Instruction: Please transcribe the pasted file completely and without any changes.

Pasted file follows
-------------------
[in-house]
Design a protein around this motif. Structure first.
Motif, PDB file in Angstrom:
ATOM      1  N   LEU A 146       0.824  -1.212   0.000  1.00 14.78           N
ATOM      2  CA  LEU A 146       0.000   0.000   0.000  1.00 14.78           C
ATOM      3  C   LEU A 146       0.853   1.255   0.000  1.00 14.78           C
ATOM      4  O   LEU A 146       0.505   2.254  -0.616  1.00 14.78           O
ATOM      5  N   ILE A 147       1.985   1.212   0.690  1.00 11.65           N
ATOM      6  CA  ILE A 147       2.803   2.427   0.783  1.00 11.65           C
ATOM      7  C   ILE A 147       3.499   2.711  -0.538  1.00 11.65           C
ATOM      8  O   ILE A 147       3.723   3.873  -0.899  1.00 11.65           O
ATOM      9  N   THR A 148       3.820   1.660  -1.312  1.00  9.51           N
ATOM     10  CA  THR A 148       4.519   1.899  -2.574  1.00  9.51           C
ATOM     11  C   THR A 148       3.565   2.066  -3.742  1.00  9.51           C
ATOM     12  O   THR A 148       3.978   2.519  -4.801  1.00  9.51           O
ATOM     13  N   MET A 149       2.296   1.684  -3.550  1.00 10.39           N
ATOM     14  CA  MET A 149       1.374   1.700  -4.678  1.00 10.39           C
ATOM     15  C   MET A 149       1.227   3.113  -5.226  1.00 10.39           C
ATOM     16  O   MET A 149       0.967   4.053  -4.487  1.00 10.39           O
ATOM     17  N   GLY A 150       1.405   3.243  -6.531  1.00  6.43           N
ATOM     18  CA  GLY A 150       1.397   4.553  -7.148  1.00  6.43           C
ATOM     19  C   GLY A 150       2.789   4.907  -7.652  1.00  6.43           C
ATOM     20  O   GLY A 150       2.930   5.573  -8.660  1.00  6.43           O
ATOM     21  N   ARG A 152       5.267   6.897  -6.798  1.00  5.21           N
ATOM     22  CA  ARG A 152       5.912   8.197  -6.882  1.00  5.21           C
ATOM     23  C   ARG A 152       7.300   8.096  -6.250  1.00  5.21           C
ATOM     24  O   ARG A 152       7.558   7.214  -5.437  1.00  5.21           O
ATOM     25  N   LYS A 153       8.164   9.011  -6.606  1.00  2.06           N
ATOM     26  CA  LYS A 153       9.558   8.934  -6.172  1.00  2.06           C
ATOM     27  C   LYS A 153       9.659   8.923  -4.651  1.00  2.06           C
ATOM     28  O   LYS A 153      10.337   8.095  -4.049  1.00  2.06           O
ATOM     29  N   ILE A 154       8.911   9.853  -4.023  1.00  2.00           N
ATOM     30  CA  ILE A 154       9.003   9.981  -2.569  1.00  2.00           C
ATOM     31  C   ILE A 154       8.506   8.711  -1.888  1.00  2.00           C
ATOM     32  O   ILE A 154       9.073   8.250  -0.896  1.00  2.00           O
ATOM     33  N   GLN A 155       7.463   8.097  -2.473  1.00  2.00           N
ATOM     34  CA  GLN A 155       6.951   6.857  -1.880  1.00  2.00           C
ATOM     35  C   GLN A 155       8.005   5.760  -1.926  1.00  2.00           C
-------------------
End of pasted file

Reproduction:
[in-house]
Design a protein around this motif. Structure first.
Motif, PDB file in Angstrom:
ATOM      1  N   LEU A 146       0.824  -1.212   0.000  1.00 14.78           N
ATOM      2  CA  LEU A 146       0.000   0.000   0.000  1.00 14.78           C
ATOM      3  C   LEU A 146       0.853   1.255   0.000  1.00 14.78           C
ATOM      4  O   LEU A 146       0.505   2.254  -0.616  1.00 14.78           O
ATOM      5  N   ILE A 147       1.985   1.212   0.690  1.00 11.65           N
ATOM      6  CA  ILE A 147       2.803   2.427   0.783  1.00 11.65           C
ATOM      7  C   ILE A 147       3.499   2.711  -0.538  1.00 11.65           C
ATOM      8  O   ILE A 147       3.723   3.873  -0.899  1.00 11.65           O
ATOM      9  N   THR A 148       3.820   1.660  -1.312  1.00  9.51           N
ATOM     10  CA  THR A 148       4.519   1.899  -2.574  1.00  9.51           C
ATOM     11  C   THR A 148       3.565   2.066  -3.742  1.00  9.51           C
ATOM     12  O   THR A 148       3.978   2.519  -4.801  1.00  9.51           O
ATOM     13  N   MET A 149       2.296   1.684  -3.550  1.00 10.39           N
ATOM     14  CA  MET A 149       1.374   1.700  -4.678  1.00 10.39           C
ATOM     15  C   MET A 149       1.227   3.113  -5.226  1.00 10.39           C
ATOM     16  O   MET A 149       0.967   4.053  -4.487  1.00 10.39           O
ATOM     17  N   GLY A 150       1.405   3.243  -6.531  1.00  6.43           N
ATOM     18  CA  GLY A 150       1.397   4.553  -7.148  1.00  6.43           C
ATOM     19  C   GLY A 150       2.789   4.907  -7.652  1.00  6.43           C
ATOM     20  O   GLY A 150       2.930   5.573  -8.660  1.00  6.43           O
ATOM     21  N   ARG A 152       5.267   6.897  -6.798  1.00  5.21           N
ATOM     22  CA  ARG A 152       5.912   8.197  -6.882  1.00  5.21           C
ATOM     23  C   ARG A 152       7.300   8.096  -6.250  1.00  5.21           C
ATOM     24  O   ARG A 152       7.558   7.214  -5.437  1.00  5.21           O
ATOM     25  N   LYS A 153       8.164   9.011  -6.606  1.00  2.06           N
ATOM     26  CA  LYS A 153       9.558   8.934  -6.172  1.00  2.06           C
ATOM     27  C   LYS A 153       9.659   8.923  -4.651  1.00  2.06           C
ATOM     28  O   LYS A 153      10.337   8.095  -4.049  1.00  2.06           O
ATOM     29  N   ILE A 154       8.911   9.853  -4.023  1.00  2.00           N
ATOM     30  CA  ILE A 154       9.003   9.981  -2.569  1.00  2.00           C
ATOM     31  C   ILE A 154       8.506   8.711  -1.888  1.00  2.00           C
ATOM     32  O   ILE A 154       9.073   8.250  -0.896  1.00  2.00           O
ATOM     33  N   GLN A 155       7.463   8.097  -2.473  1.00  2.00           N
ATOM     34  CA  GLN A 155       6.951   6.857  -1.880  1.00  2.00           C
ATOM     35  C   GLN A 155       8.005   5.760  -1.926  1.00  2.00           C